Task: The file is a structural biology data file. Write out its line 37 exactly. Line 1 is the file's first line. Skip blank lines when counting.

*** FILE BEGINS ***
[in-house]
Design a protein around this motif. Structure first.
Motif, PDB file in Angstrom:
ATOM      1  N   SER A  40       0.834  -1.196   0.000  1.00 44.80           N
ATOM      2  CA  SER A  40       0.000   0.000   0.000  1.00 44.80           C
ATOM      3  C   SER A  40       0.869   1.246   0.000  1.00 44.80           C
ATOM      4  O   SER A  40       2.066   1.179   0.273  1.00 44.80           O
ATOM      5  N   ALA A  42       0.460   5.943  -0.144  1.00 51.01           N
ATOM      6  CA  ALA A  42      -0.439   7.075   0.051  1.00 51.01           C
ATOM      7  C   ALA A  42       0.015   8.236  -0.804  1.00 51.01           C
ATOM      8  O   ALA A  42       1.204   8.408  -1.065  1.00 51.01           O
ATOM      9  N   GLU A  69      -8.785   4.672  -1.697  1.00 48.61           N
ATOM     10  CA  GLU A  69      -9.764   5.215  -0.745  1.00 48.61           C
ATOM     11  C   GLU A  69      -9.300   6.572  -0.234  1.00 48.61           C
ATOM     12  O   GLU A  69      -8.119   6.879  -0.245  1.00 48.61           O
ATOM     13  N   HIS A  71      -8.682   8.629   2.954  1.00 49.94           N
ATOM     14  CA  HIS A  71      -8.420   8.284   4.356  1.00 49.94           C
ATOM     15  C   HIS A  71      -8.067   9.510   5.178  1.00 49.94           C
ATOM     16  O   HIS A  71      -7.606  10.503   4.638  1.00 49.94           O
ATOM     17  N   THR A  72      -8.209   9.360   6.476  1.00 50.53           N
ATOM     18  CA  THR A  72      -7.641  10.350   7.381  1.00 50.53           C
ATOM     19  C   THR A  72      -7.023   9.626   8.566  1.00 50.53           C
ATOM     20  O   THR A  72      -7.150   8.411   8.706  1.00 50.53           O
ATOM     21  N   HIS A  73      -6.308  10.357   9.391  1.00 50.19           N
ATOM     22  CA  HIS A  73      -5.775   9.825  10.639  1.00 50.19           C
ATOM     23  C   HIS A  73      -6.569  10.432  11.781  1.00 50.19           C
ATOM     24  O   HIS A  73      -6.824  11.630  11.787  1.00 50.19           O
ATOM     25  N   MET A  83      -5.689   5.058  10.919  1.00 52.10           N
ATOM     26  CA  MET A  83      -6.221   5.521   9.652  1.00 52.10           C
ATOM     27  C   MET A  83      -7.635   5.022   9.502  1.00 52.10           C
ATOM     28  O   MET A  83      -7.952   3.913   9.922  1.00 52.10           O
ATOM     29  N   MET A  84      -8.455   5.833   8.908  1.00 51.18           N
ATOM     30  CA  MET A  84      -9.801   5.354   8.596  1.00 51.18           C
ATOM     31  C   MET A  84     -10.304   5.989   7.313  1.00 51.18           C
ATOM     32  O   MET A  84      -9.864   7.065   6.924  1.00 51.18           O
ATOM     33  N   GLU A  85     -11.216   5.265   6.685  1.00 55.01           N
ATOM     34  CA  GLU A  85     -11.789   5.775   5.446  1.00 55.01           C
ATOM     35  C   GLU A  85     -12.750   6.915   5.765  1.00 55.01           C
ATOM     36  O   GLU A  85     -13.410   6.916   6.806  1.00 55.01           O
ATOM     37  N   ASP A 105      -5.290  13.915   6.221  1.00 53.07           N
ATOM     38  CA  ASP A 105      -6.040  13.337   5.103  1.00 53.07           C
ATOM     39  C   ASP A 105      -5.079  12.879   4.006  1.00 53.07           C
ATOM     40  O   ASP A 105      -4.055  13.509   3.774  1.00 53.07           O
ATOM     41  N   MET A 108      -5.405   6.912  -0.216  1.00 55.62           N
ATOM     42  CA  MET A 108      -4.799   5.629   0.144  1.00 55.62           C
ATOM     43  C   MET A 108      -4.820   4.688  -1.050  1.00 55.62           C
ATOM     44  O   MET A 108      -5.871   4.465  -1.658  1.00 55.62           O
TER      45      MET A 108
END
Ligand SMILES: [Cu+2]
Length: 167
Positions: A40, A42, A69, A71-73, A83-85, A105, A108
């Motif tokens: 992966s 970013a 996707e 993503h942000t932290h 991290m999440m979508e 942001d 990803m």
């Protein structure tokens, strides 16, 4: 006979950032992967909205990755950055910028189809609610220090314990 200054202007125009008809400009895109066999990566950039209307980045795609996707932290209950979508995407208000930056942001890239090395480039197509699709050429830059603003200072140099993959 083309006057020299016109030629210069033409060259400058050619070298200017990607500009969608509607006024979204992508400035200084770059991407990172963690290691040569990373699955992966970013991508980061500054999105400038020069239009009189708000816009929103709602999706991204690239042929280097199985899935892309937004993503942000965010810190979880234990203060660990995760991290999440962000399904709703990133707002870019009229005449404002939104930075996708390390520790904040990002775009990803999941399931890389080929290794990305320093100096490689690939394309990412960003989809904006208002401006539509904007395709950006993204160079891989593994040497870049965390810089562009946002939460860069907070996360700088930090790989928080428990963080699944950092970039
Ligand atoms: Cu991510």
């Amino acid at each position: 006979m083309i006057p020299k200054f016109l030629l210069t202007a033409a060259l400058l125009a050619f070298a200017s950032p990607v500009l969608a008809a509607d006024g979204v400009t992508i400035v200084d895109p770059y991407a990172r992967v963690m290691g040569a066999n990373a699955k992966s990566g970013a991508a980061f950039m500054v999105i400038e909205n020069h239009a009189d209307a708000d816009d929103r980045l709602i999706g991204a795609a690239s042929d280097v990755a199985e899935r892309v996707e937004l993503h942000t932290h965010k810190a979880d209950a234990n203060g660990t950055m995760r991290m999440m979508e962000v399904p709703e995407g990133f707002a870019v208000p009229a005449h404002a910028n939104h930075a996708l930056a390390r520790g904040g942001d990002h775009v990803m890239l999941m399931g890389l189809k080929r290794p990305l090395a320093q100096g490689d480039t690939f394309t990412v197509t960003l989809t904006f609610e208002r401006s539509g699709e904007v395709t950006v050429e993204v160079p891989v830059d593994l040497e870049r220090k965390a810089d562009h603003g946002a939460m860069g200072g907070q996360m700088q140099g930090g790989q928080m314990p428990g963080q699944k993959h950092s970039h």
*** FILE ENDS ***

ATOM     34  CA  GLU A  85     -11.789   5.775   5.446  1.00 55.01           C